Considered a real part of Delhi’s popular temples, Kalka Ji Mandir is committed to the Hindu goddess of Kali. Strategically placed in South Delhi, this temple is otherwise called Kalka Mandir, Kalka Devi Temple, or Maa Shri Kalka Ji Mandir.
Kalka Ji Mandir(Delhi) – All You Need to Know About It Before Visit
While the current-day temple bears notes of present-day development, there are legends that follow back the age of this temple to the Hindu magical ordered time of Treta Yug (Hindi for Silver Age). Strict savants likewise guarantee that the eldest segments of Kalka Ji Mandir were built in 1764.
This temple sees a great deal of female and male guests every day, the females dwarfing the guys. Nonetheless, Kalka Mandir sees its group cresting during the hour of Navratri.
Kalka Ji Mandir Timings, Entry Charge, and Aarti Timetable
Maa Shri Kalka Ji Mandir opens at 4 AM and shuts down at 11:30 PM on every day of the week. Section to this Kali temple is for nothing for all. Nonetheless, gift boxes are set at specific areas inside the temple to work with the assortment of funds from lovers.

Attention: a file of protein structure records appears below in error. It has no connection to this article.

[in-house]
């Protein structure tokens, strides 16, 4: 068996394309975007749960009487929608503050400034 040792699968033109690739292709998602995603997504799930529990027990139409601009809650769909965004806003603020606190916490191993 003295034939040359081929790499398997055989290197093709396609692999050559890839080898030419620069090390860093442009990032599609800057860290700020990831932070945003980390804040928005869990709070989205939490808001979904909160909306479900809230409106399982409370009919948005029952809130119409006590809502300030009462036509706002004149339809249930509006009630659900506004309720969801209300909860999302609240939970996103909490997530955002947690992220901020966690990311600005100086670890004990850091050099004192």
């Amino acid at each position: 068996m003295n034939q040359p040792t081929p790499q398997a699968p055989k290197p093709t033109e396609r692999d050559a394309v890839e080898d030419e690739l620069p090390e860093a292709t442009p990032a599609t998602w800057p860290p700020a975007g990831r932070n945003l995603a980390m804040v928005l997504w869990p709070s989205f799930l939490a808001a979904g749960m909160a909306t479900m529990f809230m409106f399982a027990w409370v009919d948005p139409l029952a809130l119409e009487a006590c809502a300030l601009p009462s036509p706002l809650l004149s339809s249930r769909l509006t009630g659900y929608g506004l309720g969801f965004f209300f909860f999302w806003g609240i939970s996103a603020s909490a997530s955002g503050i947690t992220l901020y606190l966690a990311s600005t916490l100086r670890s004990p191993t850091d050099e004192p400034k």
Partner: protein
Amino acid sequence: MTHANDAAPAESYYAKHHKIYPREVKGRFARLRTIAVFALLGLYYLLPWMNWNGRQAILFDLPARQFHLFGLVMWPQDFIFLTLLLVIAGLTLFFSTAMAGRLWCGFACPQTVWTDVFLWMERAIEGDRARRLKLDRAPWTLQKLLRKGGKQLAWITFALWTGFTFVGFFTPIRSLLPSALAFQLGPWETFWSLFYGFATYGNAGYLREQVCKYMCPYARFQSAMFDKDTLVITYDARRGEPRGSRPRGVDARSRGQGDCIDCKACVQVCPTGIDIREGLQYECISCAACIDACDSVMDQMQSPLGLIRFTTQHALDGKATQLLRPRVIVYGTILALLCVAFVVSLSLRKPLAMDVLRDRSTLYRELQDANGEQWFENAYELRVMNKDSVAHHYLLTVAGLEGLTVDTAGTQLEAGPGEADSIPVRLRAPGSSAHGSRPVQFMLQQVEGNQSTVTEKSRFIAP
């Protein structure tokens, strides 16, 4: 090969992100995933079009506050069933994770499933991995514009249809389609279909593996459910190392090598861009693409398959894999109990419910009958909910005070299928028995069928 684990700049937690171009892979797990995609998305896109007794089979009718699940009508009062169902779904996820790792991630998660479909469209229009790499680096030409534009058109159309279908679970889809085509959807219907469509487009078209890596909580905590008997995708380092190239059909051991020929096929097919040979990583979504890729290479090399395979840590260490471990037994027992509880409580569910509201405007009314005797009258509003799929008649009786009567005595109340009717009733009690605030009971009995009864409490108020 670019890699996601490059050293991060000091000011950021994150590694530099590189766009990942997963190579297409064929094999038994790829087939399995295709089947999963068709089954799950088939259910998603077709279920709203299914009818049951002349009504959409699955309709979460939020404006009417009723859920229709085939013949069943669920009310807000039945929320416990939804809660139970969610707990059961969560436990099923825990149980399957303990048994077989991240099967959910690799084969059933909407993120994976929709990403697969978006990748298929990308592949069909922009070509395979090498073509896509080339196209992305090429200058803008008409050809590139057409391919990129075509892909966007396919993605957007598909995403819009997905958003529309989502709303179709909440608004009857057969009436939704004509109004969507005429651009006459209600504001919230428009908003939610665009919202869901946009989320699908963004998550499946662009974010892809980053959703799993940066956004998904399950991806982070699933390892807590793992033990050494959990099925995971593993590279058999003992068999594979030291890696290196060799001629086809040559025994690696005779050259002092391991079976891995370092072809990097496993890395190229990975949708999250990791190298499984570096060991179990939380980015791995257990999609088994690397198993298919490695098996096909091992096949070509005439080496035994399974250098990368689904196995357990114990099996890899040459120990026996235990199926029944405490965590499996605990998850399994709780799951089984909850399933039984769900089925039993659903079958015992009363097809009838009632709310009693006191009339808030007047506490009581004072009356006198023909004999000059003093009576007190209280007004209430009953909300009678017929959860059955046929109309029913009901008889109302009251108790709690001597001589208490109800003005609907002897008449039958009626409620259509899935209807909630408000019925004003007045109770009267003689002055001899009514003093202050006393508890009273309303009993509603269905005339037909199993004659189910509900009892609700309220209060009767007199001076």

The temple’s day-to-day plan continues as before pretty much, with the exception of when the muhurta (propitious time, as determined by the serving Hindu savants) changes marginally. There are unmistakable timetables followed both in the mornings and night.
The morning plan is as per the following:
5 AM – Ganesh Vandana: This is the custom of reciting refrains and singing tunes for the Hindu divinity of Ganesha.
5:30 AM to 6:30 AM – Shringaar Time: This is the hour of sprucing up the symbol of Maa Shri Kalka Ji with new garments and adorning it with trimmings, flower festoons, and privileged tilak. The temple stays shut to the general population during this time.
6:30 AM to 7 AM – Morning Aarti: Aarti is the custom of loving Kalka Ji as the minister’s serenade refrains while at the same time ringing a conventional handheld chime. A few ministers likewise light incense sticks, gather the contributions of the guests, and spot those at the foundation of the icon. During this time, numerous enthusiasts should be visible supplicating or holding a plate brimming with favorable leaves, glues, fruits, cash, and diyas (earth lights).
11:45 AM to 12:15 PM: The temple stays shut during this time as bhog (a part of food given to the symbol to act as an illustration of a noble cause, so the icon acknowledges the benevolent acts of individuals) is proposed to the god of Maa Shri Kalka Ji. The bhog is served to the symbol at 12 early afternoons.